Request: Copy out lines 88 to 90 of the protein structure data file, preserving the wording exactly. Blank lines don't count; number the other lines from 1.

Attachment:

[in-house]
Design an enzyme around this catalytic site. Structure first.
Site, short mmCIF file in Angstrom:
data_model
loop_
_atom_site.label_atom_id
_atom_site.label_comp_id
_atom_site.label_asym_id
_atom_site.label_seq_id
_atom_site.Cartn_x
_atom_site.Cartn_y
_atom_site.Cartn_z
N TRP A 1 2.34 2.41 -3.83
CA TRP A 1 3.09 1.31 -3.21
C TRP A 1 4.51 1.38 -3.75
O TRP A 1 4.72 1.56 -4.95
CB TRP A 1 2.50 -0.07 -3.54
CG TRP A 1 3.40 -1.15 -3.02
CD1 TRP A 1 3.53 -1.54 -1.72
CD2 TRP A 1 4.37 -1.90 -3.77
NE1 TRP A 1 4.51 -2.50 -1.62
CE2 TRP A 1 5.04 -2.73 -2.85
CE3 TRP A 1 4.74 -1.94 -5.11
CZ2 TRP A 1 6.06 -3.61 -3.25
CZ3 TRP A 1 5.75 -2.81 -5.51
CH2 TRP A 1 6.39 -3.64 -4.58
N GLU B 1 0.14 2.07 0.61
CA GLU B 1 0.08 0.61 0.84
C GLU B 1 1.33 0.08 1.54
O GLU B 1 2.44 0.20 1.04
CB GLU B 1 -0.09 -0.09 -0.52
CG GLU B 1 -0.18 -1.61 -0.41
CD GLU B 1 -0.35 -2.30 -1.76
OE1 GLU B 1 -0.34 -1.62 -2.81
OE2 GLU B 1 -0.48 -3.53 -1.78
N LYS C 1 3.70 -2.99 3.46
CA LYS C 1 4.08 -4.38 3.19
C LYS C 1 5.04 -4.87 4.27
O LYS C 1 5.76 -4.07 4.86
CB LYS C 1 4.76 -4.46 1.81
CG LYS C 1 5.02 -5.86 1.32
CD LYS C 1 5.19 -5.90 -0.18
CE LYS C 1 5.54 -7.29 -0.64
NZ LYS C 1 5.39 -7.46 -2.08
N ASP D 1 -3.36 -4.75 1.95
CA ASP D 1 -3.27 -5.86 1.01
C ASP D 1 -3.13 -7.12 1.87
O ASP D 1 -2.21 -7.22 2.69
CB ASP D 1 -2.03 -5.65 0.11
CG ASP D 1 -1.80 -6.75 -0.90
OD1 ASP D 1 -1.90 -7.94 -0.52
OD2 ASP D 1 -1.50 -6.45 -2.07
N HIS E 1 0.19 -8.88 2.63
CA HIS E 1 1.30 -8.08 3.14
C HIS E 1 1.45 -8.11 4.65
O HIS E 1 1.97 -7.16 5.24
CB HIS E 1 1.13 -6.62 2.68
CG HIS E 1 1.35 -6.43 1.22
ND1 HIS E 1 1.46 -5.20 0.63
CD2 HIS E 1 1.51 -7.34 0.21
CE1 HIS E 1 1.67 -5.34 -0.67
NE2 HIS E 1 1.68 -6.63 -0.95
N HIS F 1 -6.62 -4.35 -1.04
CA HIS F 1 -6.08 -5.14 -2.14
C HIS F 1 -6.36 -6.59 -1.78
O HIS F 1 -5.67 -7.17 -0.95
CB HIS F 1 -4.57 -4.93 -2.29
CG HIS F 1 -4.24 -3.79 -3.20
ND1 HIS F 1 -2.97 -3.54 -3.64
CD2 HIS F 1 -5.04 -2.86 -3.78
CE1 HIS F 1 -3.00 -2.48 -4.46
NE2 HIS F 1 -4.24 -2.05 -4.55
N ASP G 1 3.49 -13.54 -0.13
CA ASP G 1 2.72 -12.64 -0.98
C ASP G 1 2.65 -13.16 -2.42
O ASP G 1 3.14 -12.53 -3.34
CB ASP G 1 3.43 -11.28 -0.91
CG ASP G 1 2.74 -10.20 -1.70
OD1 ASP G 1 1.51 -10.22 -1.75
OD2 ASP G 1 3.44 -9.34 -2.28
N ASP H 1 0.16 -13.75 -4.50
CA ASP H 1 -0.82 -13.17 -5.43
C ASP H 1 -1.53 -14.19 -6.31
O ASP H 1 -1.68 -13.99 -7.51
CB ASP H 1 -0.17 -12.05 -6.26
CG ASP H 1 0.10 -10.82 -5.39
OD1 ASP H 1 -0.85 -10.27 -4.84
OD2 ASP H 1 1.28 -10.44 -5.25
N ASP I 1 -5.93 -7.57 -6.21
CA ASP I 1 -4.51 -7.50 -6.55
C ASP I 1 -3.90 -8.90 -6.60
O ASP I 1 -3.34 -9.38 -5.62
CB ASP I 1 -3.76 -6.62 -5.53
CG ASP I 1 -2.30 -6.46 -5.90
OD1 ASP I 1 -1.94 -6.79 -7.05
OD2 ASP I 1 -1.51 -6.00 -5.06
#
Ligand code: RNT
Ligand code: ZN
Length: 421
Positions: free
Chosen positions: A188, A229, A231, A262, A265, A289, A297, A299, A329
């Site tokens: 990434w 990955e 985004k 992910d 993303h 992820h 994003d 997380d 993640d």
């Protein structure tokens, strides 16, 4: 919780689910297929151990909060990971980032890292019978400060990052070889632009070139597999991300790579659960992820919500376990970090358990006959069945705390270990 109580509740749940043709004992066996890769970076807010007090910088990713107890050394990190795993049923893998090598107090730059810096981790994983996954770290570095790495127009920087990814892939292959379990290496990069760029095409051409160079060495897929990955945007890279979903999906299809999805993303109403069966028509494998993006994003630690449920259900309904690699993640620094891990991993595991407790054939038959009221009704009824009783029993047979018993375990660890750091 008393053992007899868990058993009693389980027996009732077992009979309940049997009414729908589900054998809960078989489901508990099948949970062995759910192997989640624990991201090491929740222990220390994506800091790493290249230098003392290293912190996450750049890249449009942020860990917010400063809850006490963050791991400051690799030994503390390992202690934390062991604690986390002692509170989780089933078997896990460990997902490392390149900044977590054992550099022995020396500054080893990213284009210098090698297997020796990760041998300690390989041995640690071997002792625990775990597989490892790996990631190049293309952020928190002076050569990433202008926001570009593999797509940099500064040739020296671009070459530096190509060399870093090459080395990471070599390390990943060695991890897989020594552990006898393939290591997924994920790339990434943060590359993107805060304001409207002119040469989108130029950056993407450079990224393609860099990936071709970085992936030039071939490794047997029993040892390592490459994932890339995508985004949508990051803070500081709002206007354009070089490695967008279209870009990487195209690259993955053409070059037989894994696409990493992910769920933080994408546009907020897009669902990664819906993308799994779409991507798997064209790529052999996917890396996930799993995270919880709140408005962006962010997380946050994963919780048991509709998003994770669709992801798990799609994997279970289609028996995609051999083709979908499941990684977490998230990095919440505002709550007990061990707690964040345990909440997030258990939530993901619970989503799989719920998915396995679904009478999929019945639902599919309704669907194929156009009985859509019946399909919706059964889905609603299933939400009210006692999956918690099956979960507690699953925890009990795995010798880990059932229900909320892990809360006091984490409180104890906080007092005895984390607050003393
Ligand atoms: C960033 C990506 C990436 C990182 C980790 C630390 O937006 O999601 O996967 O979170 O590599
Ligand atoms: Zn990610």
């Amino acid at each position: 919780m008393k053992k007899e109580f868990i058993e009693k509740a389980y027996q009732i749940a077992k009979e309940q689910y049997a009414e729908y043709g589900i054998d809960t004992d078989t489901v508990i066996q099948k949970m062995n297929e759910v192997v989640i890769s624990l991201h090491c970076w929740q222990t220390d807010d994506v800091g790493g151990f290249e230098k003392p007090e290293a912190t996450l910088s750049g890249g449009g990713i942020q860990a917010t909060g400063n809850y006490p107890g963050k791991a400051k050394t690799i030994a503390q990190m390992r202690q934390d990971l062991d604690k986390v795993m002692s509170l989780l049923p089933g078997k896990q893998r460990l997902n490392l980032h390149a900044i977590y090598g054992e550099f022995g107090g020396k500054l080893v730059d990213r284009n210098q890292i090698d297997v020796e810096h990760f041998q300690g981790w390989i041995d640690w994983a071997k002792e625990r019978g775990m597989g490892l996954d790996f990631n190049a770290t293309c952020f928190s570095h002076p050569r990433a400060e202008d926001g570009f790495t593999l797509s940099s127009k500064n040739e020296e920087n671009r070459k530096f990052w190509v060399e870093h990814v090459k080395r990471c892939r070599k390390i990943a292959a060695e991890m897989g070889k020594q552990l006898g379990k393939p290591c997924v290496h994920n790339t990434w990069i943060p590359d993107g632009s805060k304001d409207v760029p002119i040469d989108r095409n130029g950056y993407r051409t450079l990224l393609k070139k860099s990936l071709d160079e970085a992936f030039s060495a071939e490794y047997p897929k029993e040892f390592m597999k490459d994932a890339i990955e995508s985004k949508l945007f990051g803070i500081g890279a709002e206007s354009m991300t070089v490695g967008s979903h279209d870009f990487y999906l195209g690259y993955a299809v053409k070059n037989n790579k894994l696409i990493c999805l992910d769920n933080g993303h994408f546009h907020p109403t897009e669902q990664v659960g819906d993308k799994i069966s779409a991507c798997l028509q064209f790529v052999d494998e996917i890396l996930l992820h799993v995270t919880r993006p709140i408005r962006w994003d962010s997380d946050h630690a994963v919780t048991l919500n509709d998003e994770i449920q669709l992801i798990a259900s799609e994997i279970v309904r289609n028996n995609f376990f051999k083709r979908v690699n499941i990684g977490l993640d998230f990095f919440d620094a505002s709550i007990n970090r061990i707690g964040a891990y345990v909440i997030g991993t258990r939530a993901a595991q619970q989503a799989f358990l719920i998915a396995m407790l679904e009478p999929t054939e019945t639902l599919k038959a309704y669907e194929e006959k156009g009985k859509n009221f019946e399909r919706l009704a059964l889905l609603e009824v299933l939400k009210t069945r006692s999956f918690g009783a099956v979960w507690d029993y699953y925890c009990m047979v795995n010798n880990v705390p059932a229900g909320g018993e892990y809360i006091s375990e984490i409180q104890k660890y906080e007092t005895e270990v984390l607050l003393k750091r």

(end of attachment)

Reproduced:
OD2 ASP H 1 1.28 -10.44 -5.25
N ASP I 1 -5.93 -7.57 -6.21
CA ASP I 1 -4.51 -7.50 -6.55